That line has already been used five years ago to describe the war on Afghanistan. It originally described the 10-year war in Vietnam. Mattis did not explain why or how that repetitive one-year rhythm would now change. A “new” part of the plan is to put pressure on Pakistan to stop the financing and supplying of Taliban groups. That is not in Pakistan’s interest, and is not going to happen. The Trump administration wants to hold back the yearly cash payment to the Pakistani military. This has been tried before and the Pakistani response was to close down the pindo supply route to Afghanistan. An alternative supply route through Russia had been developed but has now been shut down becausae of pindo hostilities towards that country. Pindostan can not sustain a deployment in Afghanistan without a sea-land route into the country. Like the government, the Afghan army is utterly corrupt and filled with people who do not want to engage in fighting. More “training” will not change that. The pindo proxy government is limited to a few larger cities. It claims to control many districts, but its forces are often constricted to central compounds while the Taliban rule the countryside. In total, the Taliban and associated local warlords hold more than half of the country and continue to gain support. The alleged Daesh derivative in Afghanistan was originally formed out of Pakistani Taliban by the Afghan National Directorate of Security, which is under the control of the CIA:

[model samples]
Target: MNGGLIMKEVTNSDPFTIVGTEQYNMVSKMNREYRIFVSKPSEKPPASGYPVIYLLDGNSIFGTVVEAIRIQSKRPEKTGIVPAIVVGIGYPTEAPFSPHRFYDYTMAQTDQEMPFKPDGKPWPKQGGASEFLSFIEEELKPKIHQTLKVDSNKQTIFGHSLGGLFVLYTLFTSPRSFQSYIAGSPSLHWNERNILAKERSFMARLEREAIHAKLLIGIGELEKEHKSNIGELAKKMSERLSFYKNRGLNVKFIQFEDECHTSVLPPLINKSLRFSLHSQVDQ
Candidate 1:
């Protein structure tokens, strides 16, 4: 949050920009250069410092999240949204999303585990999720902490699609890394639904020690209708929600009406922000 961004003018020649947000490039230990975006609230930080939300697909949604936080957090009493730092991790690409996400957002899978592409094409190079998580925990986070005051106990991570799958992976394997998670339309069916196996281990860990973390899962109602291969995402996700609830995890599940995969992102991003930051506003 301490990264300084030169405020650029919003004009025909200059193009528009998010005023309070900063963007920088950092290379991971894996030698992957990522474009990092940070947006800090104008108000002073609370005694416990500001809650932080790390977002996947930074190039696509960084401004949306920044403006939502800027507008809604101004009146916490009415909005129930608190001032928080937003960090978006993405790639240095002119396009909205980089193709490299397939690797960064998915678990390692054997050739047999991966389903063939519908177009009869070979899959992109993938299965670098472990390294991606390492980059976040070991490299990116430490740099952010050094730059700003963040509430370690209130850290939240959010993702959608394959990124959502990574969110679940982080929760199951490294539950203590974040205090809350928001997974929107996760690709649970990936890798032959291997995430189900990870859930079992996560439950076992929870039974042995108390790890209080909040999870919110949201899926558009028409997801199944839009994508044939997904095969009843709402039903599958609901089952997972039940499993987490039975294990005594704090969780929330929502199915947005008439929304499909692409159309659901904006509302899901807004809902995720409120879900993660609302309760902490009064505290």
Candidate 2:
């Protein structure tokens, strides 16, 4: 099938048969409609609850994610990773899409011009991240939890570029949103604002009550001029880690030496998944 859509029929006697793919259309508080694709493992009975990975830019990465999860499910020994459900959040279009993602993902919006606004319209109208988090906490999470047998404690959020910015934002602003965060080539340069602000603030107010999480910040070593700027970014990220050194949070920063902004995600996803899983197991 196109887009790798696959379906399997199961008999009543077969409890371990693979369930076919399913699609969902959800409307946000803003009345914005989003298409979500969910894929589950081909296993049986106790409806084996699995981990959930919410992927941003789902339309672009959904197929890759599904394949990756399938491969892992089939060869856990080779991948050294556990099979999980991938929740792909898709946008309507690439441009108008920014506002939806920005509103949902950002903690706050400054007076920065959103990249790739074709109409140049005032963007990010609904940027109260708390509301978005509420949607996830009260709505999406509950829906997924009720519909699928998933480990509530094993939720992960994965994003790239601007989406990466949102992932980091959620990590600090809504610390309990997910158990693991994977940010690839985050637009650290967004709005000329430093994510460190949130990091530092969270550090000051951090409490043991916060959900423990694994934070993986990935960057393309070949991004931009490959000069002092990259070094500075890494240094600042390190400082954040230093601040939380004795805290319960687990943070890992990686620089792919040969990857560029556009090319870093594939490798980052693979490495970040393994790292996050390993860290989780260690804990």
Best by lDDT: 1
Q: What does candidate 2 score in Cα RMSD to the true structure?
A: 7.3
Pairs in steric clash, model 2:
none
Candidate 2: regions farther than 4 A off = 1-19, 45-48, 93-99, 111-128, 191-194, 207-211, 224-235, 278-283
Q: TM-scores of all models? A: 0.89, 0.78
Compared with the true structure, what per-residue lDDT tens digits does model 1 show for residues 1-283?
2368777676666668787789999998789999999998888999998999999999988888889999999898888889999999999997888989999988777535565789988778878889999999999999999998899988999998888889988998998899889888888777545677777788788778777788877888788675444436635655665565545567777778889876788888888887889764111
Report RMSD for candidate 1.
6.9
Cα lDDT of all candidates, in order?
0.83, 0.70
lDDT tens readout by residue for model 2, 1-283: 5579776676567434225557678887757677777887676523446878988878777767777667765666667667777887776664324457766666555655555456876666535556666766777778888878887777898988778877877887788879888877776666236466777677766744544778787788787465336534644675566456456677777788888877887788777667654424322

In Nangarhar, over a year ago, the vanguard of the movement was a group of Pakistani militants who had lived there for years as ‘guests’ of the Afghan government and local people. While initially avoiding attacks on Afghan forces, they made their new allegiances known by attacking the Taleban and taking their territory.

Daesh in Afghanistan, founded as an anti-Taliban force, is just another form of the usual Afghan warlordism. During 16 years, pindostan failed to set a realistic strategic aim for the occupation of Afghanistan. It still has none. Without political aims, the military is deployed in tactical engagements that make no long-lasting difference. Any attempts to negotiate some peace in Afghanistan require extensive engagement with the Taliban, Pakistan, China, Russia and Iran. No one in Faschingstein is willing to commit to that. Trump’s likely decision means that the story of the pindo occupation of Afghanistan will continue throughout the next years exactly as it happened during the last 16 years. The decision, once made, is unlikely to change until the next presidential election. The 16 one-year-wars in Afghanistan will become 20 one-year-wars for no perceivable gain. The only conceivable event that could change the situation is an incident with a large number of pindo military casualties. That could lead to a groundswell of anti-war sentiment which could press Congress into legislating an end of the war. But are the Taliban interested in achieving that?

Trump’s Base Goes Ballistic Over His ‘Unlimited War’
Lachlan Markay, Sam Stein, Daily Beast, Aug 21 2017